When I started this blog I had several goals in mind, one of which was to connect with others who are interested in some of the same topics and issues that I am. I have been able to do that to some extent, but I would like to increase a sense of community and encourage more involvement and interaction. I have written several posts about community recently, and I want to encourage community through my blog as much as possible. Since I love reading, I have decided to share what books I have been reading recently and briefly offer my thoughts on them. I hope that you will share some of what you have been reading in the comments box at the bottom of the post, and tell me why you like it or don’t like it. One of my goals this year is to increase the volume and breadth of what I read. I plan on sharing some of what I have read every couple of months or so.
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The Second Mountain By David Brooks
I have appreciated David Brooks political insight for years on the PBS Newshour and this book lived up to my expectations. The genesis of this book was born out a season of personal struggle in Brooks life. His first marriage ended, he lost many friends as the conservative political landscape shifted, and he began to deeply re-examine his life, “confronting the problems of a twenty-two year old with the mind of a fifty-two year old.” The book has a wide breadth; discussing social and political philosophy, faith and religion, marriage, community, and the importance of commitment. Brooks draws on his background as a journalist to weave many personal stories into the larger fabric of the book. Written to engage the heart as well as the mind, I found this book to be a deeply satisfying read. I can’t say it opened any new horizons to me, but I found that it helped solidify a lot of what I have experienced and thought over the last several years of my life. It definitely helped push me further in the direction of my growing conviction that rebuilding deep community should be one of the highest priorities of the church. I would highly recommend this book.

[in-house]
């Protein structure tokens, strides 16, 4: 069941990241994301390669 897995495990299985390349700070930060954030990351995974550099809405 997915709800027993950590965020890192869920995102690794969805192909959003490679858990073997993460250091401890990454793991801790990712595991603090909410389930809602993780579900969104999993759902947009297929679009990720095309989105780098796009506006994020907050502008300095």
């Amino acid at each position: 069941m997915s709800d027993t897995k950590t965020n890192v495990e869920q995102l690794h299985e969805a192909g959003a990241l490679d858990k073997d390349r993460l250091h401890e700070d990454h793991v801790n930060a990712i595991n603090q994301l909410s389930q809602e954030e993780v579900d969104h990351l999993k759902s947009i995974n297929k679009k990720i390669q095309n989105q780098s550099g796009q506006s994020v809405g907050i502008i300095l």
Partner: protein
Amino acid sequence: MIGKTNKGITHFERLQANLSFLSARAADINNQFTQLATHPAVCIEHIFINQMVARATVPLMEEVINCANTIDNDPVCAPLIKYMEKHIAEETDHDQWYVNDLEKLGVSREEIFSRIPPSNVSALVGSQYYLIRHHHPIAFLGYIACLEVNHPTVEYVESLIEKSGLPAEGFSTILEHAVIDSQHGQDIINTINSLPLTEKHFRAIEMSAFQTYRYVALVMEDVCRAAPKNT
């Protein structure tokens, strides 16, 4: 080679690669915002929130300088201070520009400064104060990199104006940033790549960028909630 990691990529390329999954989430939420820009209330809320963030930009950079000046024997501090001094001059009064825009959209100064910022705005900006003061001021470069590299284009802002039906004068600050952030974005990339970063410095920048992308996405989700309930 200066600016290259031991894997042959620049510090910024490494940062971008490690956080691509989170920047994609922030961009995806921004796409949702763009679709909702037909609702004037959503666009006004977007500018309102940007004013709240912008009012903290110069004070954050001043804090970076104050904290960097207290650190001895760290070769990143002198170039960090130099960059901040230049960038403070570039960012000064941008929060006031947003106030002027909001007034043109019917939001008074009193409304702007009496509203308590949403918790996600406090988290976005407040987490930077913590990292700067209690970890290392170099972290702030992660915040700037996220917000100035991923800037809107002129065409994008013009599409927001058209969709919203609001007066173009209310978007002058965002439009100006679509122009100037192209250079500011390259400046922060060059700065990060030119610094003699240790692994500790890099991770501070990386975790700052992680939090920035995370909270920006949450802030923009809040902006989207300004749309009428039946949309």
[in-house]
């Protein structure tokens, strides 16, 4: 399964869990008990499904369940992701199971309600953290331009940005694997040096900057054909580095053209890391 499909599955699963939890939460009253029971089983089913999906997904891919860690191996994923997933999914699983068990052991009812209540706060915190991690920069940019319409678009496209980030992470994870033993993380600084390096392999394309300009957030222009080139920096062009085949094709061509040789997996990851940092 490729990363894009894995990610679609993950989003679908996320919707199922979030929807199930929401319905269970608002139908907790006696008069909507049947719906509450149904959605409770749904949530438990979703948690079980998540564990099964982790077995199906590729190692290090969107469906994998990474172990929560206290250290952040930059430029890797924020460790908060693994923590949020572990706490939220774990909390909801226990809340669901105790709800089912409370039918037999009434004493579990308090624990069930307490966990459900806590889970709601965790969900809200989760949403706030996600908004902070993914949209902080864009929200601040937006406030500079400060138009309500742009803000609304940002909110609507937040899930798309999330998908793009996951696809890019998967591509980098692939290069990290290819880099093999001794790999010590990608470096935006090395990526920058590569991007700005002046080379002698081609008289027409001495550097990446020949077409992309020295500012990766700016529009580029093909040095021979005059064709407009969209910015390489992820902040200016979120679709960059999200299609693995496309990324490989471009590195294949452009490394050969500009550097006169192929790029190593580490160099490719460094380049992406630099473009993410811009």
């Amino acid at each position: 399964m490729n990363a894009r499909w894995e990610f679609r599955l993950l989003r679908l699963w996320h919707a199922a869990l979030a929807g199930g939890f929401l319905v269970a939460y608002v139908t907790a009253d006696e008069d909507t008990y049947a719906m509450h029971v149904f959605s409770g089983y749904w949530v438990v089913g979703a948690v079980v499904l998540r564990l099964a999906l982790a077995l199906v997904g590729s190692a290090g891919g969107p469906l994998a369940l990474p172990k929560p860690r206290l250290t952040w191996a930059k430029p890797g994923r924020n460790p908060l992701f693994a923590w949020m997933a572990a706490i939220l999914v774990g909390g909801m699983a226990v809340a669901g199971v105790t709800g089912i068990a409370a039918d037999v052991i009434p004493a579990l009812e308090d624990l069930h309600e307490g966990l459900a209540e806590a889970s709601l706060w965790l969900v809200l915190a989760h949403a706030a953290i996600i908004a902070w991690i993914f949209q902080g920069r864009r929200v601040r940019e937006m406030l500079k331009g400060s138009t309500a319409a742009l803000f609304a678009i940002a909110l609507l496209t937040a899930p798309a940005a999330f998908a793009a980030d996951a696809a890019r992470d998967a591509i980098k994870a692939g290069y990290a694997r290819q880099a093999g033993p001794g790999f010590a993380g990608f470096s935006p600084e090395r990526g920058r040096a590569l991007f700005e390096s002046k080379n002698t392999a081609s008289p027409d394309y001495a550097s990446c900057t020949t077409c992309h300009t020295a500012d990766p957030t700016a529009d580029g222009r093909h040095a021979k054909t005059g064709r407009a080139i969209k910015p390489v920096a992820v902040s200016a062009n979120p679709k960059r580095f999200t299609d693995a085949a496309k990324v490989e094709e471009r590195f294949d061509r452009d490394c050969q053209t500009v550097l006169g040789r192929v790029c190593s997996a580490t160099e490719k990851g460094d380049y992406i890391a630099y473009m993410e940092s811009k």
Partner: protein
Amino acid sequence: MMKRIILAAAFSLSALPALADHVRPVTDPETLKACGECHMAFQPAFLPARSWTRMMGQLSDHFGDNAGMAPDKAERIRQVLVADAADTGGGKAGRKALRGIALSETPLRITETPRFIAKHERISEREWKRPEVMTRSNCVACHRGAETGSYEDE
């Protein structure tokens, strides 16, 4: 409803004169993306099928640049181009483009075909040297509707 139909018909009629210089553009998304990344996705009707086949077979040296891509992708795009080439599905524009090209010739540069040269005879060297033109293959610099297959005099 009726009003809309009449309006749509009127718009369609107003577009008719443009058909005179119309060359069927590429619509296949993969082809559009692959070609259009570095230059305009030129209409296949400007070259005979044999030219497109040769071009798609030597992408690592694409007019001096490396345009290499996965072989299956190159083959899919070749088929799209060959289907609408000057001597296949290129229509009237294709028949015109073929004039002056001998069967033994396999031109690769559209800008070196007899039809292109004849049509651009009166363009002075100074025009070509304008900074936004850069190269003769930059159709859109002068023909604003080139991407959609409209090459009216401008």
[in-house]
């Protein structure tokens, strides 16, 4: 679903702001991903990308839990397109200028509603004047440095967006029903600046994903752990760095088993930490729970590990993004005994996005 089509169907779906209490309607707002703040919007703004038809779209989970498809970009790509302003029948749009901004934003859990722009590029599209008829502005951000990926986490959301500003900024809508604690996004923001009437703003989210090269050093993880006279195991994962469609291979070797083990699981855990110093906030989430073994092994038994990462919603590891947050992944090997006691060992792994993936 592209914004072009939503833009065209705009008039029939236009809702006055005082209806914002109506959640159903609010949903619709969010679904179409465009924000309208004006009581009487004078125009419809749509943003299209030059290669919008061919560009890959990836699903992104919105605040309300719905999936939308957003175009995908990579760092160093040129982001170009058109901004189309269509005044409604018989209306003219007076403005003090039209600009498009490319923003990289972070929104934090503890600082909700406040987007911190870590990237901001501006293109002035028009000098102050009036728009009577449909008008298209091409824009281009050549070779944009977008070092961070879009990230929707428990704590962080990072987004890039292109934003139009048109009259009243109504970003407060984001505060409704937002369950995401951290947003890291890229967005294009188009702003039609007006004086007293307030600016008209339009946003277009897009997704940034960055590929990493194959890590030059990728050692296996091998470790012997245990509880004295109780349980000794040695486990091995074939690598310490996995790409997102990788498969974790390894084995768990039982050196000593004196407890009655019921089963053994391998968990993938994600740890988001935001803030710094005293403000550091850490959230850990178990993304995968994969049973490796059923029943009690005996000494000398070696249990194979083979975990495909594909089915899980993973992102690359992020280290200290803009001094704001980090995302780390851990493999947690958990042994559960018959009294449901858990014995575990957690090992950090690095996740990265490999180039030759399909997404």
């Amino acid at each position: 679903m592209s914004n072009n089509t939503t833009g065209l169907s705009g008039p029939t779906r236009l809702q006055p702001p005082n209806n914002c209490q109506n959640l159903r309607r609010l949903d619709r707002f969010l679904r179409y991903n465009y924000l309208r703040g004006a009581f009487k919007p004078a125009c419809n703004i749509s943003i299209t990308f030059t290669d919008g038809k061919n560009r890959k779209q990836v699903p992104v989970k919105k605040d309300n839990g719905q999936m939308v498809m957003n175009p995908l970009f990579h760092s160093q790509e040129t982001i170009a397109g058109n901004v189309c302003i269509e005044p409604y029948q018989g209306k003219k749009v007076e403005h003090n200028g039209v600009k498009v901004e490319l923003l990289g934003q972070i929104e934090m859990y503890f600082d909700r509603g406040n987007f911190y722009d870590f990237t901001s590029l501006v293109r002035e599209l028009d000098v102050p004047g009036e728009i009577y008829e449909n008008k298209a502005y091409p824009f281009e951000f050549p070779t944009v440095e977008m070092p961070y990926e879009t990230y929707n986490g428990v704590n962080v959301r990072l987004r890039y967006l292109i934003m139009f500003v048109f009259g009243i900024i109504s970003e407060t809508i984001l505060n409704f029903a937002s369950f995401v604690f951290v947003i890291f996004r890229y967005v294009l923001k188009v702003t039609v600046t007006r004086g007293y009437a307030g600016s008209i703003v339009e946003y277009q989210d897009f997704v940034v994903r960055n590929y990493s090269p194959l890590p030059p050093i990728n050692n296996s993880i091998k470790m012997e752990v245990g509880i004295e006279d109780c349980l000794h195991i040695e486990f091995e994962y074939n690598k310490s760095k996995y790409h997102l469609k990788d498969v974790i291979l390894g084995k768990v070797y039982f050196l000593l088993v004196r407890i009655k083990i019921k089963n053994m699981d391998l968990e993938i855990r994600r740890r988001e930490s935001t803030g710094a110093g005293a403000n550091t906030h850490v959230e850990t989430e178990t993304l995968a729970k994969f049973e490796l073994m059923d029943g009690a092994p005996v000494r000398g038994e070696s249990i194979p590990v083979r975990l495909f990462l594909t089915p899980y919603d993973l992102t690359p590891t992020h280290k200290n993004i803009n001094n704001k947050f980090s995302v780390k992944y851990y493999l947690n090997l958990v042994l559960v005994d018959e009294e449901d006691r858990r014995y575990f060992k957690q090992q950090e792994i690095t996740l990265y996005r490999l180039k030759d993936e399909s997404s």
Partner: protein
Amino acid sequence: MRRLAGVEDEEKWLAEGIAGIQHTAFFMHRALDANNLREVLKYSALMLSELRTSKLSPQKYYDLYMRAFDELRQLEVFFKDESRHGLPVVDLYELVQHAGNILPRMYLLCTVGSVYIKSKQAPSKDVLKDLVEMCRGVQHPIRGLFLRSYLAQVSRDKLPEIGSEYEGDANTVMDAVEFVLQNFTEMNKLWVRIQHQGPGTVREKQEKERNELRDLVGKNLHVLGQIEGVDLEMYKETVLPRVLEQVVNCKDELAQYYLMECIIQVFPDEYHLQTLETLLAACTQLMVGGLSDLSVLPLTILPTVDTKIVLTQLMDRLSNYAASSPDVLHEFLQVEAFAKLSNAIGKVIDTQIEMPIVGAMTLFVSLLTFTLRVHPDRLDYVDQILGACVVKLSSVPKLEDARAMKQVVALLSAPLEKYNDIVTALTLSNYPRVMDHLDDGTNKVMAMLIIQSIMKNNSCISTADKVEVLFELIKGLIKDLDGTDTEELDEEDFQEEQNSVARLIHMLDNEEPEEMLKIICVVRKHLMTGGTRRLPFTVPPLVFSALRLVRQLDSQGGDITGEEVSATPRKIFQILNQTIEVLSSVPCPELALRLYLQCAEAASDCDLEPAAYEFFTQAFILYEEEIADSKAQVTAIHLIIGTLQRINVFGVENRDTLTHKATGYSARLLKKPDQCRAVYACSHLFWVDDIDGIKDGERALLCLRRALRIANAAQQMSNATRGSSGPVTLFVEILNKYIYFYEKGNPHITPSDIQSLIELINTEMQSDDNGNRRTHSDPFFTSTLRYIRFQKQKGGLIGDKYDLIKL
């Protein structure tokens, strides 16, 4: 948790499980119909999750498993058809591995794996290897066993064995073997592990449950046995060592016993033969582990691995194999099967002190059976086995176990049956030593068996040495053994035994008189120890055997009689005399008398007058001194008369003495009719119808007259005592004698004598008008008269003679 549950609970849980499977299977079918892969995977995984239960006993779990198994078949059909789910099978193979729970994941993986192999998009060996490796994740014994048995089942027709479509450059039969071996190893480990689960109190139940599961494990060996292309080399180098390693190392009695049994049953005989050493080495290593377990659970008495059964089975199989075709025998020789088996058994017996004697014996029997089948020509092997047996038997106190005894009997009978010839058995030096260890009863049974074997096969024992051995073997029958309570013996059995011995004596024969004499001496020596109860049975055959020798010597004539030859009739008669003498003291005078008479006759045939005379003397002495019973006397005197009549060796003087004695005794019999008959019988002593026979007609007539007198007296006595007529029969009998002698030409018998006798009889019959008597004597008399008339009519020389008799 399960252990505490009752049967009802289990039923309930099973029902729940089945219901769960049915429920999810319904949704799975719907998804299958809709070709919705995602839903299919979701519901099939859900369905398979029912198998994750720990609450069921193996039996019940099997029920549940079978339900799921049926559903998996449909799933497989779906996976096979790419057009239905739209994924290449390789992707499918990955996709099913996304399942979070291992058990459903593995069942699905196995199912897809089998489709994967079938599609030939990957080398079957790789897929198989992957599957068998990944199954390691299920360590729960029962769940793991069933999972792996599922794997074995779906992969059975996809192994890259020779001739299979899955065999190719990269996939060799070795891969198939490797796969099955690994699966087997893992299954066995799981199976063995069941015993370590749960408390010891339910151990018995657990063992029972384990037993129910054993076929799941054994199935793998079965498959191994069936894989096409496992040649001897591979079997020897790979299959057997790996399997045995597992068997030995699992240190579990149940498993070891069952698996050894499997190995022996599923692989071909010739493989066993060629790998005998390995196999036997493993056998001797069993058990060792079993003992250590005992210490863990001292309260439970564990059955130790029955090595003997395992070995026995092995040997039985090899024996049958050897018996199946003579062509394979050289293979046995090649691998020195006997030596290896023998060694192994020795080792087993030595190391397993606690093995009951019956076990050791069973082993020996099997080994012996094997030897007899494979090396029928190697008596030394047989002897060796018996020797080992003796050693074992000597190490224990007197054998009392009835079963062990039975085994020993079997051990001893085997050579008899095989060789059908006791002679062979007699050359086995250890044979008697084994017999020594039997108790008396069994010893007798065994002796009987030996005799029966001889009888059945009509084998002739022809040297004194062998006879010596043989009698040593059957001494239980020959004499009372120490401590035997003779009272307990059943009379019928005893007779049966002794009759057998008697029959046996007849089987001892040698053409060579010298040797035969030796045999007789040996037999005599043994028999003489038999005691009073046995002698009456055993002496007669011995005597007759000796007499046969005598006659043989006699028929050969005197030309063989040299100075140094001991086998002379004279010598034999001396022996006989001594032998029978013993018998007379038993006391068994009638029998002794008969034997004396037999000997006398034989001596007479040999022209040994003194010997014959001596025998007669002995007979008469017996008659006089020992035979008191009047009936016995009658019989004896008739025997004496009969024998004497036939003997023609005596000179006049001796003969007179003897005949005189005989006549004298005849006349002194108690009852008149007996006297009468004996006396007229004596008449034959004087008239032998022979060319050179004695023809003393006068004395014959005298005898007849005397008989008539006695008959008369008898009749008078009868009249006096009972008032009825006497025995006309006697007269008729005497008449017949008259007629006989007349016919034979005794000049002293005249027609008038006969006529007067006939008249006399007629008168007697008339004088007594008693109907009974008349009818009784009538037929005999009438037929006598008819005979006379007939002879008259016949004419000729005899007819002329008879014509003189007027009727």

The Lord of the Rings by J.R.R. Tolkein
I tend to re-read books I really like, and this is probably at least the 10th time I have re-read Tolkein’s classic. Probably my all time favorite fiction book, although C. S. Lewis’ Space Trilogy is up there. If you aren’t familiar with The Lord of the Rings, basically it is a fantasy story where a hobbit, Frodo Baggins, attempts to save Middle-Earth and all the Elves, Dwarves, Men, and other creatures from domination by the evil Sauron. I won’t attempt to describe any more than that, simply because the overall story is too enormous and multifaceted to explain; but understand that it is that complexity that is a big reason for it’s enduring popularity. What I appreciate about the story, despite it being a fantasy, is that it has so much real world relevance. From the spiritual wisdom and the depictions of the nature of evil to the sense of deep loss at the destruction of the natural world, there is much about this fantasy work that I find illuminating in my ‘real’ life. And how could I be so hasty as to forget the Ents? Some people may fantasize about being Superman, others dream of being Batman, but me? Treebeard is my fantasy hero.
The Lord of the Rings, 3 Volume Hardcover Boxed Set
By J.R.R. Tolkien / Houghton Mifflin Harcourt
The Trilogy of the Lord of the Rings set includes The Fellowship of the Ring, The Two Towers, and The Return of the King.
A Sacred Sorrow by Michael Card
Michael Card is an amazingly gifted man as he has authored over 28 books, recorded over 38 albums (he can play something like 9 different instruments), and hosts an excellent podcast, In the Studio With Michael Card. Despite all this, I feel like he is not as well known as he should be. He regards himself first and foremost as a Bible teacher; with his music, books and podcast simply being different venues to communicate Biblical truth. His book ‘A Sacred Sorrow’, is an exploration of biblical lament. Card views lament as a critical part of worship that contemporary Christianity has lost. He argues that we cannot truly approach God, nor truly repent of our sins, without the language of lament. “Apart from lament, you and I are robbed of our true identity before God.” Card investigates lament through the stories of Job, Jeremiah, David, and Jesus. An excellent writer, Card combines deep scholarship with a very approachable style that is insightful and challenging. What stood out the most to me was the insight that lament was not just for the Job-scale tragedies of life, but something that should be an integral part of our spiritual lives. “Through lament, we regain a sense of awareness, and a language to express the hopeless depth of our sin.” I found this to be a refreshing departure from the current cultural climate that insists that affirmation and acceptance are the cures to all that ails us.
A Sacred Sorrow: Reaching Out to God in the Lost Language of Lament
By Michael Card / NavPress
In A Sacred Sorrow, Card takes you through the Scriptures to show what your worship and prayer life has been missing. From Job to David to Christ, men and women of the Bible understood the importance of pouring one’s heart out to the Father. Examine their stories and expand your definition of worship. Let your pain, questions, and sorrow resound with praise to a God who is moved by your tears. Winner of the 2006 Evangelical Christian Publishers Association (ECPA) award in Christian Life.
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